In the past, efforts towards producing biofuels in a less harmful fashion have been unsuccessful – such as the attempts to produce biofuels from crops, which can contribute to deforestation in the long-term – which has created an even greater necessity for sustainable alternatives.

US companies ExxonMobil and the Renewable Energy Group have partnered with Swiss biofuels company Clariant to make biodiesel from agricultural waste.

This can protect biodiversity and reduce the carbon footprint, and Clariant is committed to a 2030 sustainability strategy and science-based climate targets to reduce greenhouse gas emissions.

The hope for this collaboration is to combine technology to produce biodiesel (a biofuel that is a mix of ethanol and fat or cooking greases) in a way that doesn’t infringe on the food industry for arable land.

Given the previous issues with developing alternatives that are too time-consuming and tricky due to the converting process, this collaboration offers the potential for a single-step process that is efficient.

Alternatives to chemical fertilisers and pesticides

Crop fertilisers and pesticides contribute massively to environmental pollution.

The European Union has updated its rules on fertilisers – which almost exclusively covered mined or chemically produced materials – to include organic fertilisers in the EU market in 2022.

Bio-fertilisers are rising in popularity as traditional fertilisers (those extracted from mines or produced chemically) are falling out of favour due to the environmental and health concerns associated with them.

The use of microbes in fertilising to stimulate growth is also rising in popularity, such as Belgium-based Aphea.Bio, which has developed microbial strains that improve plant nutrient uptake and also strains that protect against disease.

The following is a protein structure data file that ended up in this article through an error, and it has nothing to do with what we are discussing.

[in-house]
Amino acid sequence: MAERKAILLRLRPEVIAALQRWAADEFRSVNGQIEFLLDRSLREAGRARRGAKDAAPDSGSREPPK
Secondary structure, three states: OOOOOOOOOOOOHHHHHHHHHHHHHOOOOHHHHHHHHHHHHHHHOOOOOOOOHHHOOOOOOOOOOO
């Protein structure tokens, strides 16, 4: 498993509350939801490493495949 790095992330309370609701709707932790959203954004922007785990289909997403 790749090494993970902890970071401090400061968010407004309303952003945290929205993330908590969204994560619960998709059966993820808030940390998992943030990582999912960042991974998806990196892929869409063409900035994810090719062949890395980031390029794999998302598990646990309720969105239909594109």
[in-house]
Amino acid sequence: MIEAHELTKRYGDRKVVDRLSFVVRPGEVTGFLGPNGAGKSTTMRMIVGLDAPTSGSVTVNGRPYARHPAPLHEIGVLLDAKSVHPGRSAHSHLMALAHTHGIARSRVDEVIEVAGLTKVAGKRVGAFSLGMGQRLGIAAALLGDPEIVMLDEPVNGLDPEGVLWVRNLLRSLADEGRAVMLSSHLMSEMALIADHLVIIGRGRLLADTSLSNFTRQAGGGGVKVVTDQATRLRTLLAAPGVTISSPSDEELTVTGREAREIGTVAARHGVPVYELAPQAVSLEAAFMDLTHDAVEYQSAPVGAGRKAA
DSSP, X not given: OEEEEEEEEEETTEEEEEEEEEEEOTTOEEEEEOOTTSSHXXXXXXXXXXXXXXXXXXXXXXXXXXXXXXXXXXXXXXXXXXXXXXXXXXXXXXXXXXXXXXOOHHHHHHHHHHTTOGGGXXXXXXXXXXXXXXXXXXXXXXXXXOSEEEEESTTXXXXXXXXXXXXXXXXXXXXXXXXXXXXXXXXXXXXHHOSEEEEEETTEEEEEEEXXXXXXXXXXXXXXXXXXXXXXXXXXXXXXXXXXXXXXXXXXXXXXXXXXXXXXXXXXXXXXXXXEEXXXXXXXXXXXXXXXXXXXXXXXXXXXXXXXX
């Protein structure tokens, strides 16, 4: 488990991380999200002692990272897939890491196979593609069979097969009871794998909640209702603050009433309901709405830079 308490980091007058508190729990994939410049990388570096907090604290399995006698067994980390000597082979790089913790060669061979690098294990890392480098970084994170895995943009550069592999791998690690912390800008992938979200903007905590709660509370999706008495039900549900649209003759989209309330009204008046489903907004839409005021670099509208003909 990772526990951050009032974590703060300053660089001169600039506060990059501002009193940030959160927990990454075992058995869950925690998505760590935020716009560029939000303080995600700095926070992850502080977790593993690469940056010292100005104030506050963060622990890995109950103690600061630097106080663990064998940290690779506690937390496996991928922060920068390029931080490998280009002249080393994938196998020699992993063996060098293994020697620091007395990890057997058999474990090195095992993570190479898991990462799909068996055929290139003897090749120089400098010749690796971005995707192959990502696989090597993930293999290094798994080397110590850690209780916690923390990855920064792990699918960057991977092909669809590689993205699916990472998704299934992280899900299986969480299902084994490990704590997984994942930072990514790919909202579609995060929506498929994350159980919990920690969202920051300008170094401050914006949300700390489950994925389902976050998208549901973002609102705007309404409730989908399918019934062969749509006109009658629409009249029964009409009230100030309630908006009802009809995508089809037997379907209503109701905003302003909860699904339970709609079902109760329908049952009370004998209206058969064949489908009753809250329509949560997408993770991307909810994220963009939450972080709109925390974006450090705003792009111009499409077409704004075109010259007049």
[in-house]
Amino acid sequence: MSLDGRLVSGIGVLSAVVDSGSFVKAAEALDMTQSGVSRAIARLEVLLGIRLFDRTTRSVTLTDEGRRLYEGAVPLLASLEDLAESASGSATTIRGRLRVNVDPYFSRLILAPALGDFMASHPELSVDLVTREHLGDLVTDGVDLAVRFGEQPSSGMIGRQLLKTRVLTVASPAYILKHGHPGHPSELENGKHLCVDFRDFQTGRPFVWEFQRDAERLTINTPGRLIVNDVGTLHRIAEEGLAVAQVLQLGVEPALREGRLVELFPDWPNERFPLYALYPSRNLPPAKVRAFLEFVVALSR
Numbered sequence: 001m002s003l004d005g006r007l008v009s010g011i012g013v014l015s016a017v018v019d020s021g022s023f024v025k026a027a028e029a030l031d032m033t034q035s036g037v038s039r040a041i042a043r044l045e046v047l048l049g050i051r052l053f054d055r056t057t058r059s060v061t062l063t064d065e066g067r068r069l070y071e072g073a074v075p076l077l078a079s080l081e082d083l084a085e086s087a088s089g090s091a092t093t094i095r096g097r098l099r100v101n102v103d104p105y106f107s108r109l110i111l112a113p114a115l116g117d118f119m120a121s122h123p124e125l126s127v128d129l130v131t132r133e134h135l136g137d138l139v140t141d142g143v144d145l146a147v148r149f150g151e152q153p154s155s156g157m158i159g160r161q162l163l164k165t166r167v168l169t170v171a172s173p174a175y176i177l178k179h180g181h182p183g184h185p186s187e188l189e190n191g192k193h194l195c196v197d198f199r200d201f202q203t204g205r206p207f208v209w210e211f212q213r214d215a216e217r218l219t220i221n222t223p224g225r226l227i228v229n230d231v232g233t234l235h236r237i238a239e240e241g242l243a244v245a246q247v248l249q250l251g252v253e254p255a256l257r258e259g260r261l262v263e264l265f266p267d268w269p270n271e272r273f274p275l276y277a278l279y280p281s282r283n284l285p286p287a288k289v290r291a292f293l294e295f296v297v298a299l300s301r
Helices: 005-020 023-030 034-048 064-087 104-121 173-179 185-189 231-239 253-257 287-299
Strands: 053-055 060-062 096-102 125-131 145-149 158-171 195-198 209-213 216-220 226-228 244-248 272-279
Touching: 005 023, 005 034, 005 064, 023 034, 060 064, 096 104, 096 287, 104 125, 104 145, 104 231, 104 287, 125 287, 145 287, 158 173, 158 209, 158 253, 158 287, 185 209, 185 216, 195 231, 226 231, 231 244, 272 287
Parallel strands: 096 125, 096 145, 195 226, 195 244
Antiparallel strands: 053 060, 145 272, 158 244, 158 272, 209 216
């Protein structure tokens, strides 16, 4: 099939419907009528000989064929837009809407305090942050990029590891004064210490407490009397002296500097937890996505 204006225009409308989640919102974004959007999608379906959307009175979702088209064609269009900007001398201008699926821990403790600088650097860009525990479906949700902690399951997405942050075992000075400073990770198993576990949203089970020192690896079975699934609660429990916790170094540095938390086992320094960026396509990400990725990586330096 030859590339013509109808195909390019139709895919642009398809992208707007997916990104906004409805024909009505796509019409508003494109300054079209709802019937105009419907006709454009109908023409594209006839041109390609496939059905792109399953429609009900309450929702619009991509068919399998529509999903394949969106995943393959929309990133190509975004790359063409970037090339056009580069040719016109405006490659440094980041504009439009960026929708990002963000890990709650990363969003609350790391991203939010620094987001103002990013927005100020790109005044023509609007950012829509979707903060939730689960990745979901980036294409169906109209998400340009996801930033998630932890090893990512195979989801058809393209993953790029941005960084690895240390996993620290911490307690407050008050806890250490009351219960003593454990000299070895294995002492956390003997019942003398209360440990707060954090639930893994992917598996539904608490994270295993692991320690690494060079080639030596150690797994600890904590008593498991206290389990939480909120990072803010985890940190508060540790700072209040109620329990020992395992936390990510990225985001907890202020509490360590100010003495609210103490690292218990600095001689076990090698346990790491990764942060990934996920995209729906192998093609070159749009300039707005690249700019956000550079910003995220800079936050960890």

Primarily, the sustainability goal is to provide an innovative and sustainable solution to reduce traditional fertiliser and pesticide use.

Changing the cosmetics industry

Sustainably sourced ingredients are slowly rising in popularity in the cosmetics industry.

Though ingredients that are plant-sourced may seem positive, the process of producing these cosmetic items is detrimental to the environment.

Biosynthetic (aka ‘lab-grown actives’) are 100% naturally derived and have zero environmental impact, which is one area that biotech is revolutionising in cosmetics.

The global natural cosmetics market is expected to be worth around $48.04bn by 2025, which makes finding the best sustainable option essential.

Swiss fragrance company Givaudan, for example, has created Ambrofix, a biodegradable amber and woody scent molecule made from fermenting sugar cane.

Lab-made molecules also have the benefit of being more sustainable and more effective, as they can be manipulated to work in a specific way (unlike natural ingredients).

Get in touch

Biotech is ideally situated to tackle sustainability in an innovative, efficient, and streamlined way.

With so many facets of sustainability to tackle, progress may seem slow, yet biotech businesses are making huge strides to reduce waste, make materials more sustainable, and provide alternatives that are positively contributing to environmental efforts.

For biotechs looking to make a positive contribution, the possibilities are endless – it’s time to make a positive impact globally and set a standard.

To find out more about the trends impacting the life sciences industry, or for expert advice on securing top talent for your life sciences company, get in touch with the Panda team today.